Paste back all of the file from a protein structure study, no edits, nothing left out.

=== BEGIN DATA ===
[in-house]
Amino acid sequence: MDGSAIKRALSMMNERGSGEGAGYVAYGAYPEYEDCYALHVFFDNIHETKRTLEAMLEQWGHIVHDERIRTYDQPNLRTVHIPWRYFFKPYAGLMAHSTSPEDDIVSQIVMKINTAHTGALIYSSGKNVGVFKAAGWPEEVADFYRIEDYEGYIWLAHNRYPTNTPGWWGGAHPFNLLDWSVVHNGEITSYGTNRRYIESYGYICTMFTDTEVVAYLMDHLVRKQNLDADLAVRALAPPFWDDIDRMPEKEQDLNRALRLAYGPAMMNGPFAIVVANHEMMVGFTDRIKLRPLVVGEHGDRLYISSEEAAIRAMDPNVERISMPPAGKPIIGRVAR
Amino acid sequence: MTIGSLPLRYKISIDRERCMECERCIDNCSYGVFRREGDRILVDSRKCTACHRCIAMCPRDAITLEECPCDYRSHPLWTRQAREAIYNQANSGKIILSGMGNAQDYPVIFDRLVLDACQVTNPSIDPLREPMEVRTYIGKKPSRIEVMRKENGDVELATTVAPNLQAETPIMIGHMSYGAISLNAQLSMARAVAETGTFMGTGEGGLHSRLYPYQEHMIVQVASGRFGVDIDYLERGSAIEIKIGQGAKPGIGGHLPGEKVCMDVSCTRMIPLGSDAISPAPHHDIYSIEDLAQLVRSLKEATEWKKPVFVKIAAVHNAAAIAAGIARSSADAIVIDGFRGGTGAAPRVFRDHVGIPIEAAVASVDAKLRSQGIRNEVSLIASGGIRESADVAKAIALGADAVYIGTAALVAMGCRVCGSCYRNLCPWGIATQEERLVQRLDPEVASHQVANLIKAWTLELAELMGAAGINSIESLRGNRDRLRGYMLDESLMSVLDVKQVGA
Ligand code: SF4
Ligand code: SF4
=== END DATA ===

[in-house]
Amino acid sequence: MDGSAIKRALSMMNERGSGEGAGYVAYGAYPEYEDCYALHVFFDNIHETKRTLEAMLEQWGHIVHDERIRTYDQPNLRTVHIPWRYFFKPYAGLMAHSTSPEDDIVSQIVMKINTAHTGALIYSSGKNVGVFKAAGWPEEVADFYRIEDYEGYIWLAHNRYPTNTPGWWGGAHPFNLLDWSVVHNGEITSYGTNRRYIESYGYICTMFTDTEVVAYLMDHLVRKQNLDADLAVRALAPPFWDDIDRMPEKEQDLNRALRLAYGPAMMNGPFAIVVANHEMMVGFTDRIKLRPLVVGEHGDRLYISSEEAAIRAMDPNVERISMPPAGKPIIGRVAR
Amino acid sequence: MTIGSLPLRYKISIDRERCMECERCIDNCSYGVFRREGDRILVDSRKCTACHRCIAMCPRDAITLEECPCDYRSHPLWTRQAREAIYNQANSGKIILSGMGNAQDYPVIFDRLVLDACQVTNPSIDPLREPMEVRTYIGKKPSRIEVMRKENGDVELATTVAPNLQAETPIMIGHMSYGAISLNAQLSMARAVAETGTFMGTGEGGLHSRLYPYQEHMIVQVASGRFGVDIDYLERGSAIEIKIGQGAKPGIGGHLPGEKVCMDVSCTRMIPLGSDAISPAPHHDIYSIEDLAQLVRSLKEATEWKKPVFVKIAAVHNAAAIAAGIARSSADAIVIDGFRGGTGAAPRVFRDHVGIPIEAAVASVDAKLRSQGIRNEVSLIASGGIRESADVAKAIALGADAVYIGTAALVAMGCRVCGSCYRNLCPWGIATQEERLVQRLDPEVASHQVANLIKAWTLELAELMGAAGINSIESLRGNRDRLRGYMLDESLMSVLDVKQVGA
Ligand code: SF4
Ligand code: SF4